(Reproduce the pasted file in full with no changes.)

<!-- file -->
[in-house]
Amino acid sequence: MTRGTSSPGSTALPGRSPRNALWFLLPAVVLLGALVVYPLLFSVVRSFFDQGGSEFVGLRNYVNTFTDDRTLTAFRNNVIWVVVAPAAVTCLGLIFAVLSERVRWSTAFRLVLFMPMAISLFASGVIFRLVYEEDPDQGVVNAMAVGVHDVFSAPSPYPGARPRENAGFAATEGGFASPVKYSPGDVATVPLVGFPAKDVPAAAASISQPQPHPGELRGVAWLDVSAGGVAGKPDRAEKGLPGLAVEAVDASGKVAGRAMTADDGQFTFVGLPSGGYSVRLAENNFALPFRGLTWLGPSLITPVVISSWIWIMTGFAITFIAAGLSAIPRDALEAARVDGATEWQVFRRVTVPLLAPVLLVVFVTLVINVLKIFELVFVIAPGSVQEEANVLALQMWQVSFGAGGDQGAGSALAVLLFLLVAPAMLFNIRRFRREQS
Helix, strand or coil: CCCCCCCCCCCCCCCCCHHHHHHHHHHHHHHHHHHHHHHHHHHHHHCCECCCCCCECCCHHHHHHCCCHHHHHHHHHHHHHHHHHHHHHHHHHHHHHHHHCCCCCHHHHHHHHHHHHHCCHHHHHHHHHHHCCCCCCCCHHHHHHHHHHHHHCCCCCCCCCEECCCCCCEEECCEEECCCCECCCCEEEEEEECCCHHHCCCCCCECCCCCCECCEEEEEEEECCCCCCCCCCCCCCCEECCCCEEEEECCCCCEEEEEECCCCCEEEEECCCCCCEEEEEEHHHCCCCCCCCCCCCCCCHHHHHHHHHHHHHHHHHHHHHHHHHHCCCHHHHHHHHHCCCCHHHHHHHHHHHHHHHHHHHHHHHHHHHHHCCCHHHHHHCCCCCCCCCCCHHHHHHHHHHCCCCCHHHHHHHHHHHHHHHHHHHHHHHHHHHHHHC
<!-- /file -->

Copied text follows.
[in-house]
Amino acid sequence: MTRGTSSPGSTALPGRSPRNALWFLLPAVVLLGALVVYPLLFSVVRSFFDQGGSEFVGLRNYVNTFTDDRTLTAFRNNVIWVVVAPAAVTCLGLIFAVLSERVRWSTAFRLVLFMPMAISLFASGVIFRLVYEEDPDQGVVNAMAVGVHDVFSAPSPYPGARPRENAGFAATEGGFASPVKYSPGDVATVPLVGFPAKDVPAAAASISQPQPHPGELRGVAWLDVSAGGVAGKPDRAEKGLPGLAVEAVDASGKVAGRAMTADDGQFTFVGLPSGGYSVRLAENNFALPFRGLTWLGPSLITPVVISSWIWIMTGFAITFIAAGLSAIPRDALEAARVDGATEWQVFRRVTVPLLAPVLLVVFVTLVINVLKIFELVFVIAPGSVQEEANVLALQMWQVSFGAGGDQGAGSALAVLLFLLVAPAMLFNIRRFRREQS
Helix, strand or coil: CCCCCCCCCCCCCCCCCHHHHHHHHHHHHHHHHHHHHHHHHHHHHHCCECCCCCCECCCHHHHHHCCCHHHHHHHHHHHHHHHHHHHHHHHHHHHHHHHHCCCCCHHHHHHHHHHHHHCCHHHHHHHHHHHCCCCCCCCHHHHHHHHHHHHHCCCCCCCCCEECCCCCCEEECCEEECCCCECCCCEEEEEEECCCHHHCCCCCCECCCCCCECCEEEEEEEECCCCCCCCCCCCCCCEECCCCEEEEECCCCCEEEEEECCCCCEEEEECCCCCCEEEEEEHHHCCCCCCCCCCCCCCCHHHHHHHHHHHHHHHHHHHHHHHHHHCCCHHHHHHHHHCCCCHHHHHHHHHHHHHHHHHHHHHHHHHHHHHCCCHHHHHHCCCCCCCCCCCHHHHHHHHHHCCCCCHHHHHHHHHHHHHHHHHHHHHHHHHHHHHHC